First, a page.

Designing for the Hybrid Body: Presence, Representation, and Self in Virtual Reality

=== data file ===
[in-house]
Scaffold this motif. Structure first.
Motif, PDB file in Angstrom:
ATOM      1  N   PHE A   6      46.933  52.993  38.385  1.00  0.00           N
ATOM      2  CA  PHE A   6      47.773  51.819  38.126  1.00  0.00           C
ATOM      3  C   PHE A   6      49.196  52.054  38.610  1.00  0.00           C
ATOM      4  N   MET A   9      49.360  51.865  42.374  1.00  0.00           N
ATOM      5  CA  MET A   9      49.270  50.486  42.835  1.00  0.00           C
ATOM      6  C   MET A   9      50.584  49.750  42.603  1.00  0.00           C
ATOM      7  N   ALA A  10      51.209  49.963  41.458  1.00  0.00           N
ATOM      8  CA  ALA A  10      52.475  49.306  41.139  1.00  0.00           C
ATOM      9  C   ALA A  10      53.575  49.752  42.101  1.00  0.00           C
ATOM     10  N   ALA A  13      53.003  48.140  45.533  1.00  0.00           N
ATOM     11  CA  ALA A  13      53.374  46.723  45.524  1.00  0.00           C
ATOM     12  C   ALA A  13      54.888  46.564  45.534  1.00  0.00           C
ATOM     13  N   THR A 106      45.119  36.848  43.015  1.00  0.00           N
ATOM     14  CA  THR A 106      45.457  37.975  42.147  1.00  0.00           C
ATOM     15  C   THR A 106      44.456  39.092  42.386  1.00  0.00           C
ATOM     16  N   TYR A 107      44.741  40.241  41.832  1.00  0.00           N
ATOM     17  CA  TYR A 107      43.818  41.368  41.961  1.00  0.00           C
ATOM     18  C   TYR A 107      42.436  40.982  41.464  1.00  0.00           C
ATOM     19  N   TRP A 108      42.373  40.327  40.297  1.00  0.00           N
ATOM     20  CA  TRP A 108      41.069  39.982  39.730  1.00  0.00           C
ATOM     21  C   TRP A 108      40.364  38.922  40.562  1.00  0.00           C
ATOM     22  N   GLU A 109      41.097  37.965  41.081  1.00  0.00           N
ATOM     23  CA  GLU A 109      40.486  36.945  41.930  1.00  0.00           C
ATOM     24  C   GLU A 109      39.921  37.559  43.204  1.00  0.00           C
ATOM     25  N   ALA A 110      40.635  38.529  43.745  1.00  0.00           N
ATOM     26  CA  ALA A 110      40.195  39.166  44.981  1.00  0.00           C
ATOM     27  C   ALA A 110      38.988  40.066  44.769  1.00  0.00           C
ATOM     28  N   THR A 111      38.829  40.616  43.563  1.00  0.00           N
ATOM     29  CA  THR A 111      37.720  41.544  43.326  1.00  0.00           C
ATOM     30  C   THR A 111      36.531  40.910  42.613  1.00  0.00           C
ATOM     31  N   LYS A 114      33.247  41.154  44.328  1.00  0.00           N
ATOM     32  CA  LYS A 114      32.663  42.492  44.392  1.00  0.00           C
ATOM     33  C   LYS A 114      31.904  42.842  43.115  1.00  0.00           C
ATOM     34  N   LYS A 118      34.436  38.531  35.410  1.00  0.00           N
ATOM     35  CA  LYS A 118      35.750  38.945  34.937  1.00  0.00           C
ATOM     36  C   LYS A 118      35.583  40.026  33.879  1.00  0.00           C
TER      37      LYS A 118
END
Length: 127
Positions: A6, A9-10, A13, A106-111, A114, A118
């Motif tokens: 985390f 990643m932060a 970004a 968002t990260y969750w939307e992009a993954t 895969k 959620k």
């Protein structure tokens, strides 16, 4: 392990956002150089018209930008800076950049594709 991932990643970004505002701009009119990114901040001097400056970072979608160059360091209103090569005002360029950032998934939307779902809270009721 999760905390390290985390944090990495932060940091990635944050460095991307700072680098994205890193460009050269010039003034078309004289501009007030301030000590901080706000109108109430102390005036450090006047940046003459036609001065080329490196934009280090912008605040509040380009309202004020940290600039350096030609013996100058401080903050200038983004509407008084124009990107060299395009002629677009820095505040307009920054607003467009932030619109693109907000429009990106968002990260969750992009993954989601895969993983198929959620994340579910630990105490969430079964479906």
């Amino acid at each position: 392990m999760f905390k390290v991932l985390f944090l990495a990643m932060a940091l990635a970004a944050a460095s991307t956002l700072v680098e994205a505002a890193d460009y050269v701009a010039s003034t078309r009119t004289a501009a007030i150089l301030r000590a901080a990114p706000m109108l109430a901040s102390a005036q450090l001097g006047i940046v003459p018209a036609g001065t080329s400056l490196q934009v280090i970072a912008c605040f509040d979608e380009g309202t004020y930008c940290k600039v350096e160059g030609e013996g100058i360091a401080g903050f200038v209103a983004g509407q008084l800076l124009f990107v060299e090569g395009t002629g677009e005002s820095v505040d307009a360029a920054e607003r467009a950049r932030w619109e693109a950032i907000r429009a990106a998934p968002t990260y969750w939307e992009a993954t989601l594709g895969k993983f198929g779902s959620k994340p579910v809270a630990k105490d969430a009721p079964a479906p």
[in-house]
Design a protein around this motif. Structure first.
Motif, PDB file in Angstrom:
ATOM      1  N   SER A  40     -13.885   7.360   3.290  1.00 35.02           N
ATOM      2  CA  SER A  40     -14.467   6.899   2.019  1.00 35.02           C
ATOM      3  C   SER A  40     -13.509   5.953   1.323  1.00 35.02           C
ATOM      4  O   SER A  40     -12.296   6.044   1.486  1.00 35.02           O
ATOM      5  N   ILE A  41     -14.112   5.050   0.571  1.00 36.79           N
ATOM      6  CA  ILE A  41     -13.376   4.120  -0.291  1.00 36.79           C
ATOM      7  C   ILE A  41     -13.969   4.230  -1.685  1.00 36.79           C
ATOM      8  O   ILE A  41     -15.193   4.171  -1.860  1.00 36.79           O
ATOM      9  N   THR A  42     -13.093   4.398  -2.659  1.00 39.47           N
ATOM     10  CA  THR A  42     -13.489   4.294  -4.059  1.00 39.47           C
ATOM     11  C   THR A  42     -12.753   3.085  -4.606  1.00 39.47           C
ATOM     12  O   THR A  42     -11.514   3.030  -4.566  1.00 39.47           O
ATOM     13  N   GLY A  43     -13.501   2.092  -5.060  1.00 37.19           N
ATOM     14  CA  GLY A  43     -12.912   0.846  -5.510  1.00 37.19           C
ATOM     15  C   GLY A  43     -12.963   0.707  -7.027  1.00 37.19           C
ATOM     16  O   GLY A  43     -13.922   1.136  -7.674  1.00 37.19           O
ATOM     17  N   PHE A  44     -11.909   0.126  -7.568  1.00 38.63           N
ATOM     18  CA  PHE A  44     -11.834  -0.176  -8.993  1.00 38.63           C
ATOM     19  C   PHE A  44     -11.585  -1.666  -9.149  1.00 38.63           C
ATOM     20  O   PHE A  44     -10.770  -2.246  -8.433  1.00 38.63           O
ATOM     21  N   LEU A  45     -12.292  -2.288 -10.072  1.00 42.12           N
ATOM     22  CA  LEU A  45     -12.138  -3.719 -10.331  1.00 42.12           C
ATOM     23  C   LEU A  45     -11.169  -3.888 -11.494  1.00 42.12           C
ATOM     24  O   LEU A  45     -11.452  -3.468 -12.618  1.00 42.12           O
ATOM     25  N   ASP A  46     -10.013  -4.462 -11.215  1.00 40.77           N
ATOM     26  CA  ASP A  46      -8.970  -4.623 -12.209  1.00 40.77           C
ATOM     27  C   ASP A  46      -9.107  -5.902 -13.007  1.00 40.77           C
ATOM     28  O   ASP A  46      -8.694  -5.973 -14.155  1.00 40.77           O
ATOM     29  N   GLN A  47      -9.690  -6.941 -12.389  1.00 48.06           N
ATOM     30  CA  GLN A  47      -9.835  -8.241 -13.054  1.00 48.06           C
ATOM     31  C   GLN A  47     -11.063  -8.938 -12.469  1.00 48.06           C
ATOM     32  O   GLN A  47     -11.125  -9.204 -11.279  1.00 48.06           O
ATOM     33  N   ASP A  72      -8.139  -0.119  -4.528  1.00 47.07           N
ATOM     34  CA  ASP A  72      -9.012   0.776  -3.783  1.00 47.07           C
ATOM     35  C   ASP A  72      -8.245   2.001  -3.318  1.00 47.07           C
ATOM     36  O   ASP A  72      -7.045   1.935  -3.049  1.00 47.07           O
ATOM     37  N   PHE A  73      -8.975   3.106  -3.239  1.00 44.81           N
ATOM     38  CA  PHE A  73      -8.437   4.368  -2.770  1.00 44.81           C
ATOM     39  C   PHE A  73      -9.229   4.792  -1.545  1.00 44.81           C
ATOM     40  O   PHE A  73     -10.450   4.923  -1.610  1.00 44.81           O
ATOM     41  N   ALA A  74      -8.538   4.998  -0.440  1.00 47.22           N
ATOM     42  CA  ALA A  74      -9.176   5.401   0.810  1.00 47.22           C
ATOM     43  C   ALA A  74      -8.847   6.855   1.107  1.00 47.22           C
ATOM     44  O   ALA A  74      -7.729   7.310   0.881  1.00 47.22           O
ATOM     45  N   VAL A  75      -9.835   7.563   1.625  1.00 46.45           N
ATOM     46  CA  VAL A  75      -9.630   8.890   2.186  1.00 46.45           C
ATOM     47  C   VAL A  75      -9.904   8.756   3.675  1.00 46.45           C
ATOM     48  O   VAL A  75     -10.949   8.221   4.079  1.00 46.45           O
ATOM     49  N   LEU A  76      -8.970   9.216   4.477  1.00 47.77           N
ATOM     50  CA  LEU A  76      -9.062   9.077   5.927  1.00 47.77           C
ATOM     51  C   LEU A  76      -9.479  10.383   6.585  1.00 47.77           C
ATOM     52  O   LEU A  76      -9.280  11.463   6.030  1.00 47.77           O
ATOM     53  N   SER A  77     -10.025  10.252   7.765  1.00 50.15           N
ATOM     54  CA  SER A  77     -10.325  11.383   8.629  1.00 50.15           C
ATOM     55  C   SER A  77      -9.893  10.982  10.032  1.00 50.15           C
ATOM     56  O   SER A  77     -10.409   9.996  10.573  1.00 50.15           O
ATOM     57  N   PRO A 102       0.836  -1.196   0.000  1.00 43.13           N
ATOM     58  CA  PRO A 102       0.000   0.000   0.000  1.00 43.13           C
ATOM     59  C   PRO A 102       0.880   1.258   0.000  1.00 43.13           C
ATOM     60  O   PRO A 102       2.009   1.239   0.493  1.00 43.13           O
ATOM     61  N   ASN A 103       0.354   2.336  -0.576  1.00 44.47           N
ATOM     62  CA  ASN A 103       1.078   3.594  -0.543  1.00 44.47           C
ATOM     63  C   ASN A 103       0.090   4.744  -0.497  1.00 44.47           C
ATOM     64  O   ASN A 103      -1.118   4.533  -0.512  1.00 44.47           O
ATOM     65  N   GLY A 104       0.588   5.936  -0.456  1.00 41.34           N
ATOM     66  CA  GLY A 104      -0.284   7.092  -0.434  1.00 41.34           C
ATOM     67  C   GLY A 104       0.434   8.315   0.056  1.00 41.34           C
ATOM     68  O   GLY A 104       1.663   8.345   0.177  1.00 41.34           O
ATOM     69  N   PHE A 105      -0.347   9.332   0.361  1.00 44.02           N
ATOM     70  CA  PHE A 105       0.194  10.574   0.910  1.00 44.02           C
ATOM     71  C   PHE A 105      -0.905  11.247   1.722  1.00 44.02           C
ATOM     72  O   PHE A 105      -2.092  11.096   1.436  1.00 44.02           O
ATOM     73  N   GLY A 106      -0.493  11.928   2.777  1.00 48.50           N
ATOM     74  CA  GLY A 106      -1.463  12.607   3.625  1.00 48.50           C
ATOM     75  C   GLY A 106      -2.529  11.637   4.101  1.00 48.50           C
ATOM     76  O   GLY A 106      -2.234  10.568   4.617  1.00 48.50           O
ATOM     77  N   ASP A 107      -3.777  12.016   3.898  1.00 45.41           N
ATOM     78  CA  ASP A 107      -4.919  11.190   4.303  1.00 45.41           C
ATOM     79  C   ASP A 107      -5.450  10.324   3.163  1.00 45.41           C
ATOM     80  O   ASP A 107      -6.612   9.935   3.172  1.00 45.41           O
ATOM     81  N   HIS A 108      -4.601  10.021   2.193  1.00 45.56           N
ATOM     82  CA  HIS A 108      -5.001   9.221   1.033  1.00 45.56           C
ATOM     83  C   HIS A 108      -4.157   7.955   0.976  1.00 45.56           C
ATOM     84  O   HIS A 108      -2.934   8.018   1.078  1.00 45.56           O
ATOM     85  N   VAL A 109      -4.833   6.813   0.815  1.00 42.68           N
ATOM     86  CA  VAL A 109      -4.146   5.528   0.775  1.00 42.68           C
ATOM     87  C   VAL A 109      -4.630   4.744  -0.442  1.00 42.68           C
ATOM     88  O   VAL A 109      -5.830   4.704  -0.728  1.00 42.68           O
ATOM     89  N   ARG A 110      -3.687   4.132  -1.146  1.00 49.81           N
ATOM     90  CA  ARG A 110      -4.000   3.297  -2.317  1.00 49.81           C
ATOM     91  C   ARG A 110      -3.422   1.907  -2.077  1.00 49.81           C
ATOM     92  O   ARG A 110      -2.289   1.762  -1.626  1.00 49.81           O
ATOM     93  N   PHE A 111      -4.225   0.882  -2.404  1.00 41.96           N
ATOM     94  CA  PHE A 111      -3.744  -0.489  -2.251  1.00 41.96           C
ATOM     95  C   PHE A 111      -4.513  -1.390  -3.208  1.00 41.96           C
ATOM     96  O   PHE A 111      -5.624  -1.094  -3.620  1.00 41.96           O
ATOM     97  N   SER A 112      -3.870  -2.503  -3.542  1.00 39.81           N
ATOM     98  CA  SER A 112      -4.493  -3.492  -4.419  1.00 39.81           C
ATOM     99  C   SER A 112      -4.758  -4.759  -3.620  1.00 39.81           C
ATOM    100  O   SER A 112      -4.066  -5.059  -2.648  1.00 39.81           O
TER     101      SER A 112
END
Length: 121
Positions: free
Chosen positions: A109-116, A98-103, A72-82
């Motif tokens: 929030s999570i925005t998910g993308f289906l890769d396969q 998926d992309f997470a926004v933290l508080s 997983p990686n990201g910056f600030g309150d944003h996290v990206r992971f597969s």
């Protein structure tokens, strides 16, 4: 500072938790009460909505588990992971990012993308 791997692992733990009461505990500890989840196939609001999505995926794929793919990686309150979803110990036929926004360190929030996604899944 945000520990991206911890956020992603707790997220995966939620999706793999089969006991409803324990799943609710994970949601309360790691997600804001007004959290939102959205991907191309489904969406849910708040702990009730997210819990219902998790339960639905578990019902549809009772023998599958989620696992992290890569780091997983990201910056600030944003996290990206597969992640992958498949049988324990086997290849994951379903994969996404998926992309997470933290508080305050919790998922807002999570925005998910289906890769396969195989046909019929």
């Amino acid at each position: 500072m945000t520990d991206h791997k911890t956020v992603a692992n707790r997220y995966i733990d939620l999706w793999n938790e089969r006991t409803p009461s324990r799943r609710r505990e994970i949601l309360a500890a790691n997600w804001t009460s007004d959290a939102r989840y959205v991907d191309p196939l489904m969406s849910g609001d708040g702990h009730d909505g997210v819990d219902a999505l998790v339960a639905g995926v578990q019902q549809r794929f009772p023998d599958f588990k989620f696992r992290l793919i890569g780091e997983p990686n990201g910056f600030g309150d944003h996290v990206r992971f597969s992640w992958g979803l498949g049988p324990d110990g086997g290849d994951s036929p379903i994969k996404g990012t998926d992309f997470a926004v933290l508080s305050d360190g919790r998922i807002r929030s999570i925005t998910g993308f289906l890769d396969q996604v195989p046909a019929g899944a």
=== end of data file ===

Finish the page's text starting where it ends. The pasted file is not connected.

The notion of embodiment is key to analyze how personal experience technologies, like virtual reality, shape our understanding of ourselves and others. In this research, qualitative methods are used to contextualize issues surrounding embodiment and online disinhibition to create a base of understanding for how users are using virtual reality in recreational settings. Beginning with a qualitative analysis of social behavior in existing virtual reality experiences, this thesis uses those findings as a basis for limited experiments that test design hypotheses on embodiment and user behavior. I focus on inter-user interactions in VRChat, a multiplayer, virtual reality game with a focus on social interactions and user-created content, and their relationship to design decisions made by the developers. These observations then form a precedent for future prototypes , which look to ways in which abstracted representations and alternative or augmented movement mapping can affect user experience. The research culminates in a taxonomy of self-representation and behavior in virtual reality, aiming to widen the understanding of embodiment and its link to online disinhibition.